The Labour Party has announced that its digital platforms have been struck by a “sophisticated and large-scale cyber-attack.”
In a letter sent to Labour campaigners, Niall Sookoo, the party’s Executive Director of Elections and Campaigns, said: “Yesterday afternoon our security systems identified that, in a very short period of time, there were large-scale and sophisticated attacks on Labour Party platforms which had the intention of taking our systems entirely offline.
“Every single one of these attempts failed due to our robust security systems and the integrity of all our platforms and data was maintained.”
It is thought to have been a Distributed Denial of Service (DDoS) attack which aims to take a server offline by flooding it with huge volumes of traffic.
The BBC is reporting that the attack originated in Russia and Brazil, although this should not be seen as evidence that it was a state-sponsored event.
This latest development again shines a spotlight on the security of the electoral process, following claims of Russian interference in the last US Presidential election.
Stuart Reed, VP of Cyber Security at Nominet has commented on the attack: “The news of a ‘large-scale cyber-attack’ on the Labour Party’s digital platforms really comes as no surprise. Arguably, it was only a matter of time before fierce competition on the campaign trail made its way into the online world. Whether this was an attack by another party or an outsider hasn’t been revealed, but it demonstrates that these elections, more than any other, will be fought both in the virtual and physical world.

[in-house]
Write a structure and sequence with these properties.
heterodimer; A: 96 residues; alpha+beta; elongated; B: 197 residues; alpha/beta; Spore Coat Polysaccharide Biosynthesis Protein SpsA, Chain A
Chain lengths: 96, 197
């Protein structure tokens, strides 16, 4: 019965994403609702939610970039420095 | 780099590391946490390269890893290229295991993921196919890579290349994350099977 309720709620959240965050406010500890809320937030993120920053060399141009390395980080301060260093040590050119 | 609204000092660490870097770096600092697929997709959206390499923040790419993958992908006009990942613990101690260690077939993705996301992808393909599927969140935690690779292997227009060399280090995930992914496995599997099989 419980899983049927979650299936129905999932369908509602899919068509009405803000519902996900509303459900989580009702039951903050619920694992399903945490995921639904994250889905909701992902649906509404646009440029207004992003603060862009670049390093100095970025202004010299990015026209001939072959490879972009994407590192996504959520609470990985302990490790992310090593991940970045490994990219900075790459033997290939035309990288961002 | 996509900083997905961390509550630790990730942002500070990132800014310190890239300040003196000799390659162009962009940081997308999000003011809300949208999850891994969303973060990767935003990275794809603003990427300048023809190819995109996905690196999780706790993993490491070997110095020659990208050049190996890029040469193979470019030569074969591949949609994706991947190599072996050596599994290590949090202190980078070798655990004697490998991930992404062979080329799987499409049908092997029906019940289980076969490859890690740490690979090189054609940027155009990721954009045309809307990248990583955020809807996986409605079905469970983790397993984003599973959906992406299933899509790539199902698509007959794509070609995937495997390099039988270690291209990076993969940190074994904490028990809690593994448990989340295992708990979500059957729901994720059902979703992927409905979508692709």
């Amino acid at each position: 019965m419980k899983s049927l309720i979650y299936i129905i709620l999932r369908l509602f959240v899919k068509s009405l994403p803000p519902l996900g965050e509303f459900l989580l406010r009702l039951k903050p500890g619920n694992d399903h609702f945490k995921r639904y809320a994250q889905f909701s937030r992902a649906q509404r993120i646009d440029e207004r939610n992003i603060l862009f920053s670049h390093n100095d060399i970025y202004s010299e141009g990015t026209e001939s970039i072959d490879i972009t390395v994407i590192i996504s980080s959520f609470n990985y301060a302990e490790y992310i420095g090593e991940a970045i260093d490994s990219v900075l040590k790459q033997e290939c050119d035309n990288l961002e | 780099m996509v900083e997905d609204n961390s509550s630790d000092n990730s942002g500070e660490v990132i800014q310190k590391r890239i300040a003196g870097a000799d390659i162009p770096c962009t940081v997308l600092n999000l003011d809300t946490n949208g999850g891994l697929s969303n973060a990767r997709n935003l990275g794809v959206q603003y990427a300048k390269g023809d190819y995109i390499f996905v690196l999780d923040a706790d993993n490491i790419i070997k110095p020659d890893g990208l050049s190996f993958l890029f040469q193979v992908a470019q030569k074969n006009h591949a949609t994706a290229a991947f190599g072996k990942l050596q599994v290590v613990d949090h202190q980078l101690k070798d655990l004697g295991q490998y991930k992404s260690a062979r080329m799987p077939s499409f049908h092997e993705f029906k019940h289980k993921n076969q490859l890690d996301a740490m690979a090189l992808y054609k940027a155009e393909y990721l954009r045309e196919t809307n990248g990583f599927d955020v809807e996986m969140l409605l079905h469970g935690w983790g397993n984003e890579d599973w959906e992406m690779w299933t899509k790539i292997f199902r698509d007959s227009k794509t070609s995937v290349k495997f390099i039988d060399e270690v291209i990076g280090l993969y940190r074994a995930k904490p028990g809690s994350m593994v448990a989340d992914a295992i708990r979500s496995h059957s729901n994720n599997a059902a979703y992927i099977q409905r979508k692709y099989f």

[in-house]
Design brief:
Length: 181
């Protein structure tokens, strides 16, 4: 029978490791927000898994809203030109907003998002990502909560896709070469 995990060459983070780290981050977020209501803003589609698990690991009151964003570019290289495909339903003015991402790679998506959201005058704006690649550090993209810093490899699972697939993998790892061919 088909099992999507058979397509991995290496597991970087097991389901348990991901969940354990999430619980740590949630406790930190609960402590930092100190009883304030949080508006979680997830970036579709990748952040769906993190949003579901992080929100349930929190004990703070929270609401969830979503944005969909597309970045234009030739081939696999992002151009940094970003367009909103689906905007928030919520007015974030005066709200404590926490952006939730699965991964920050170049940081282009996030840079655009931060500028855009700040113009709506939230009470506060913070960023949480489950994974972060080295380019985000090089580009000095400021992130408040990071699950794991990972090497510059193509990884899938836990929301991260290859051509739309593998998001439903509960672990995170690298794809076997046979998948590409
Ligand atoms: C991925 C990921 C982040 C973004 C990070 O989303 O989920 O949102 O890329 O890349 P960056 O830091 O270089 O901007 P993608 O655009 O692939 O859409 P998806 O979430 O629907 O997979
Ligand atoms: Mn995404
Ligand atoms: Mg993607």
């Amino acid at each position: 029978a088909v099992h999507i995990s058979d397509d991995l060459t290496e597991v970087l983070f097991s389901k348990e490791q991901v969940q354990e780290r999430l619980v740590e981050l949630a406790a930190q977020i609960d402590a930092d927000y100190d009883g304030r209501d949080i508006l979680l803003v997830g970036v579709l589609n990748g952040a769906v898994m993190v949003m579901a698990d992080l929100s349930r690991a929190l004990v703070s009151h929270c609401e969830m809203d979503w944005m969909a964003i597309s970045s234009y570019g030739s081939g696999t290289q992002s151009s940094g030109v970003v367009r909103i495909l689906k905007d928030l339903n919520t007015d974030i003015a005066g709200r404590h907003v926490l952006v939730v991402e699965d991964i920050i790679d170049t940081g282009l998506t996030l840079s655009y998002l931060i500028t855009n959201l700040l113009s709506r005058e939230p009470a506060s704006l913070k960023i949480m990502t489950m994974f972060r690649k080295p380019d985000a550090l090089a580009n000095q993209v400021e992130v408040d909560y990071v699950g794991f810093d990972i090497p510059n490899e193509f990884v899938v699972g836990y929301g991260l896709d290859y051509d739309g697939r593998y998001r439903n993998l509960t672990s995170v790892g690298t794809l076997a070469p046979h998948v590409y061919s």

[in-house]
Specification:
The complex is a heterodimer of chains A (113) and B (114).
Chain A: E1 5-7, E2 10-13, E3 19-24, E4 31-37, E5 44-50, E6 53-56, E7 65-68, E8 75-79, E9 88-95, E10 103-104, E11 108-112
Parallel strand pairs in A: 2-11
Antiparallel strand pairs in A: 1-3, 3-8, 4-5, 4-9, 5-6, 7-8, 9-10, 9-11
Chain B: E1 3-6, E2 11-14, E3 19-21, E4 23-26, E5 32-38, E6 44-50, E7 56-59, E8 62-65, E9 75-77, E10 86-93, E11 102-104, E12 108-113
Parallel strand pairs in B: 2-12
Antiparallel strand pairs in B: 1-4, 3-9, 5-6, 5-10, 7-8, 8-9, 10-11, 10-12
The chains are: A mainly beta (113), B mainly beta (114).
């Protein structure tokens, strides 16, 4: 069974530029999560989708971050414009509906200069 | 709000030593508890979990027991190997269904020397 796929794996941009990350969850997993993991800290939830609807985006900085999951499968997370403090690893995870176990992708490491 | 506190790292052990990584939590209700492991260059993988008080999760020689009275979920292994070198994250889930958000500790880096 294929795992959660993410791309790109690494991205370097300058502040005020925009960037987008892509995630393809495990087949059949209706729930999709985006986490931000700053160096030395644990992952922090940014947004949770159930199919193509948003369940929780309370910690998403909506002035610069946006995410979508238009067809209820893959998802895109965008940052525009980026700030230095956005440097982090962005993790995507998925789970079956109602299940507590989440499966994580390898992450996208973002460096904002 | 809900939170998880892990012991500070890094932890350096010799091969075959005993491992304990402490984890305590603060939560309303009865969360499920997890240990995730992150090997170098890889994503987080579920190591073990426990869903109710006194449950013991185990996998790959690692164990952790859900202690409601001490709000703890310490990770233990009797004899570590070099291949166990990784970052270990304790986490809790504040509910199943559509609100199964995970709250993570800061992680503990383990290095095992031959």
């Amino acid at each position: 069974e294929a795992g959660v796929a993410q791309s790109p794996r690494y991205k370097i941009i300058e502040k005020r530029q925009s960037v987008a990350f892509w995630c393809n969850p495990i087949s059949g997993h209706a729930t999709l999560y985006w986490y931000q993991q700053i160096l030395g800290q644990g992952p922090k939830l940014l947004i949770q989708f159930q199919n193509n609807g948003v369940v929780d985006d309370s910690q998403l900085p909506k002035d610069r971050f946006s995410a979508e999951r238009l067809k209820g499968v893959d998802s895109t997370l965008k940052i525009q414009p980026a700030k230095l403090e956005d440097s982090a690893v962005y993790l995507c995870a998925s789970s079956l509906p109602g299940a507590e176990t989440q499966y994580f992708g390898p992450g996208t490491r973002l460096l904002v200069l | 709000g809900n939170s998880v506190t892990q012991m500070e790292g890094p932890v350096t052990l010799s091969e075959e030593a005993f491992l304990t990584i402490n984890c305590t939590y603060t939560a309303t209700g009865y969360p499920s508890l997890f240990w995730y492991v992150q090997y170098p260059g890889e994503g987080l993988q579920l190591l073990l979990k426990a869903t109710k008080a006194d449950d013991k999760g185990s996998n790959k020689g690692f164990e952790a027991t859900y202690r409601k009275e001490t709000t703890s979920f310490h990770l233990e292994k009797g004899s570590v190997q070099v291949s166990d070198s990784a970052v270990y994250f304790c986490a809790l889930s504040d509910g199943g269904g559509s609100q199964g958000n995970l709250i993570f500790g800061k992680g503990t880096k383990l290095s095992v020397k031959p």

“A cyber-attack in the political world has additional consequences, not least because it can sway public sentiment in a way that determines future governance. How the public view the attacked and the attacker will give them an impression of their digital competency and cyber maturity. While the Labour Party seems to have defended against this attack, it will be interesting to see if others can do the same. It will also tell us a lot about priorities and the type of cyber defence being used to achieve both holistic visibility and the ability to identify and eliminate threats early; an area where network detection and response can be critical.
“This is the first stone to be thrown in the cybersecurity space for this election but it won’t be the last. As we’ve seen in examples across the world, the political environment is now inseparably intertwined with the cyber world and the consequences of any major attack could go down in history.”